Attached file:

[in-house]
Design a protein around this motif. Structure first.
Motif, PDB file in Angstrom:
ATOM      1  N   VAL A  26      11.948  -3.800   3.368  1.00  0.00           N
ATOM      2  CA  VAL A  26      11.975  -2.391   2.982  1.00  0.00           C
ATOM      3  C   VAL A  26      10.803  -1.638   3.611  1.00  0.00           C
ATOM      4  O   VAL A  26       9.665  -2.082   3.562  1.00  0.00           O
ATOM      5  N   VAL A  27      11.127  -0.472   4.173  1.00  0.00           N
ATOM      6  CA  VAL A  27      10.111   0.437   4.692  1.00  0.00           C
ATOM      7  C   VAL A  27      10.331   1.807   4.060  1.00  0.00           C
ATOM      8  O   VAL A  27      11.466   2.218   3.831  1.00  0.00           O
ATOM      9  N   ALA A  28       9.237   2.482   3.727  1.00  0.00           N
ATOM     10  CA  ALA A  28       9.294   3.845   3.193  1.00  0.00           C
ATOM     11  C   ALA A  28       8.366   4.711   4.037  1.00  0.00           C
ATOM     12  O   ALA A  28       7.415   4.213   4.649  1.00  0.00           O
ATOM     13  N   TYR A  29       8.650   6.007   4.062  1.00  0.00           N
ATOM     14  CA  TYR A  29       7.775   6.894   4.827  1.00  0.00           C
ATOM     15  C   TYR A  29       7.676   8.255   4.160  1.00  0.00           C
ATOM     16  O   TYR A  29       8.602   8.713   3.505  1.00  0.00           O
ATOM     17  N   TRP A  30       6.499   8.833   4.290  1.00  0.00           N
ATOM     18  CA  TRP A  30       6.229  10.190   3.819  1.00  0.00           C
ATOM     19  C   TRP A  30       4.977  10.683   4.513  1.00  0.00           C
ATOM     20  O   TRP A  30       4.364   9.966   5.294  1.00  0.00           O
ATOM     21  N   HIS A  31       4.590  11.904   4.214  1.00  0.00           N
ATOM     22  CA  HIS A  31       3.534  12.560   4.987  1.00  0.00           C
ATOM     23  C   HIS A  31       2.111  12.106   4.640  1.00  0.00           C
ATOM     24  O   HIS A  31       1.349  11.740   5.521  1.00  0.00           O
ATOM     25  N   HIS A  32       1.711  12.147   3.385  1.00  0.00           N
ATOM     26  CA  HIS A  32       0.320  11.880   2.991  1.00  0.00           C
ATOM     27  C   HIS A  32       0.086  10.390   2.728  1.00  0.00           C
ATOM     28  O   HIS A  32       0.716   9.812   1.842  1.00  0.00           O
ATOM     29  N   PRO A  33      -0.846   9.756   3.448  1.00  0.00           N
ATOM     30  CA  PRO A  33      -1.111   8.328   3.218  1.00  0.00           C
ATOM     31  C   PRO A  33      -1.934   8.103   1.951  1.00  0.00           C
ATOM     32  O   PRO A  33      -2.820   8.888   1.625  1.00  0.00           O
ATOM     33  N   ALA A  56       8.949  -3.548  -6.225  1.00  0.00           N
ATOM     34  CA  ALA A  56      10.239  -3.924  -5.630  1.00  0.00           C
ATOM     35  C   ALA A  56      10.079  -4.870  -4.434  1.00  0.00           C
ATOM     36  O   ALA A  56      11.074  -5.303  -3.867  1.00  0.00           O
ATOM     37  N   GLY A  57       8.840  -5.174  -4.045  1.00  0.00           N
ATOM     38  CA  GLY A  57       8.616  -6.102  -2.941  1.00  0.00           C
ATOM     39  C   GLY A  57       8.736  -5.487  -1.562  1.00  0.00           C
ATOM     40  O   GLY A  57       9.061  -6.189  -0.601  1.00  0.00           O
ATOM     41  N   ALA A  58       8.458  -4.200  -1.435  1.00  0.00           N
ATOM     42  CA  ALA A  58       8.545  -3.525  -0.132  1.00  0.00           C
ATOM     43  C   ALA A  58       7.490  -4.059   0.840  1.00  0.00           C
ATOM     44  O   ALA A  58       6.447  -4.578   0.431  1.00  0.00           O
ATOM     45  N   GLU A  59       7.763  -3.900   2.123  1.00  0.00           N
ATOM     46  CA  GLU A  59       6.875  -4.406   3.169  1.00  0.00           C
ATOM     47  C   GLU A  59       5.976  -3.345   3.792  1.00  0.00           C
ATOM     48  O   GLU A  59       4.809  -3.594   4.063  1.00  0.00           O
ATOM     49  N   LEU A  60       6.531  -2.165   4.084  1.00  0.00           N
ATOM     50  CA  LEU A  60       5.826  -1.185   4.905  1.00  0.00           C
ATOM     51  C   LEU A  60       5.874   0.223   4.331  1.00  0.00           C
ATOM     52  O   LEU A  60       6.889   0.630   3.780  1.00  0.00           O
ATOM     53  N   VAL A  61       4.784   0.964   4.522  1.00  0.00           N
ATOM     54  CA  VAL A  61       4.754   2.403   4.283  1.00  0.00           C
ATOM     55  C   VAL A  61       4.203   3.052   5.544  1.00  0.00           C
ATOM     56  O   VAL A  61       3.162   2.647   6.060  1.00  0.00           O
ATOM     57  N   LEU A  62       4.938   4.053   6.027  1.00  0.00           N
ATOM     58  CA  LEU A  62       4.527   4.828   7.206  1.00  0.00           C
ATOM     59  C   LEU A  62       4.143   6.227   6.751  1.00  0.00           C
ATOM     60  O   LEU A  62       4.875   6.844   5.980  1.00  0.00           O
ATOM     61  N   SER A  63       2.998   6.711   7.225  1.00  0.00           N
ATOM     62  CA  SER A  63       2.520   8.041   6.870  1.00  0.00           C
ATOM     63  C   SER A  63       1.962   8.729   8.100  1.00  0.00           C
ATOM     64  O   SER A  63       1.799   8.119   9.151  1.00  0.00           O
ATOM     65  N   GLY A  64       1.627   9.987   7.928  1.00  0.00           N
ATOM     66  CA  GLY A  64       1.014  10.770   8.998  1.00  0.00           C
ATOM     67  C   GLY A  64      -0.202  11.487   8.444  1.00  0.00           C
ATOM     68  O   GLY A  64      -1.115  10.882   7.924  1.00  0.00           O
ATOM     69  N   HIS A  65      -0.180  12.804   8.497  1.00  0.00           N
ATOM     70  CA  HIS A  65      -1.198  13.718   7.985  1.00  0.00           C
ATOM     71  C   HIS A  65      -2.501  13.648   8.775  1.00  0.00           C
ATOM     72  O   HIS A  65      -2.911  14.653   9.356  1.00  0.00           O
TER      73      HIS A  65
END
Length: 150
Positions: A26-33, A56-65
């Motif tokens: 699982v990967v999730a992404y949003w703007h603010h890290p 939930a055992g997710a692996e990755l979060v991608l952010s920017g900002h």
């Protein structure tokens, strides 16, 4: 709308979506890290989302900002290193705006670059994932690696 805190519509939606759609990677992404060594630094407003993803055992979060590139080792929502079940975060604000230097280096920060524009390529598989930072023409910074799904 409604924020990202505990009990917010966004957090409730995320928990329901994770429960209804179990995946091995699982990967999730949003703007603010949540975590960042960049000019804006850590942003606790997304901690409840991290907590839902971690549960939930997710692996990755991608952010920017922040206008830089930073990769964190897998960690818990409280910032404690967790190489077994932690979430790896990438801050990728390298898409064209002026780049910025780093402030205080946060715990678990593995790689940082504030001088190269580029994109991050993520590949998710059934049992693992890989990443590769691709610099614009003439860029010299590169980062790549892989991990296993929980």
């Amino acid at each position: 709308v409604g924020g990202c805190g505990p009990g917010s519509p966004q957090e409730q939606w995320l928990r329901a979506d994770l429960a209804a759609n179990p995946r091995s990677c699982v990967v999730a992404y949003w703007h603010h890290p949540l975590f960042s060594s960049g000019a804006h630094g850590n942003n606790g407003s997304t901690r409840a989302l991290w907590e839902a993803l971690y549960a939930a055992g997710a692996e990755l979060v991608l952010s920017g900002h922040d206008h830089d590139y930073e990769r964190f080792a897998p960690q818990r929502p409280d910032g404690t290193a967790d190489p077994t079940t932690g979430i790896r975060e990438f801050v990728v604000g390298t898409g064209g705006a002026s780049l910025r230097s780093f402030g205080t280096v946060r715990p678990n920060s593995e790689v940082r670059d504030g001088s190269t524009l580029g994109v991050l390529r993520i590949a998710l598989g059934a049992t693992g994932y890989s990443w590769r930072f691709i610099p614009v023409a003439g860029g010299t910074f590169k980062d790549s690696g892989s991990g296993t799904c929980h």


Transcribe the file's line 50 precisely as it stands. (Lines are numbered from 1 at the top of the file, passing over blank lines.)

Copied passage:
ATOM     47  C   GLU A  59       5.976  -3.345   3.792  1.00  0.00           C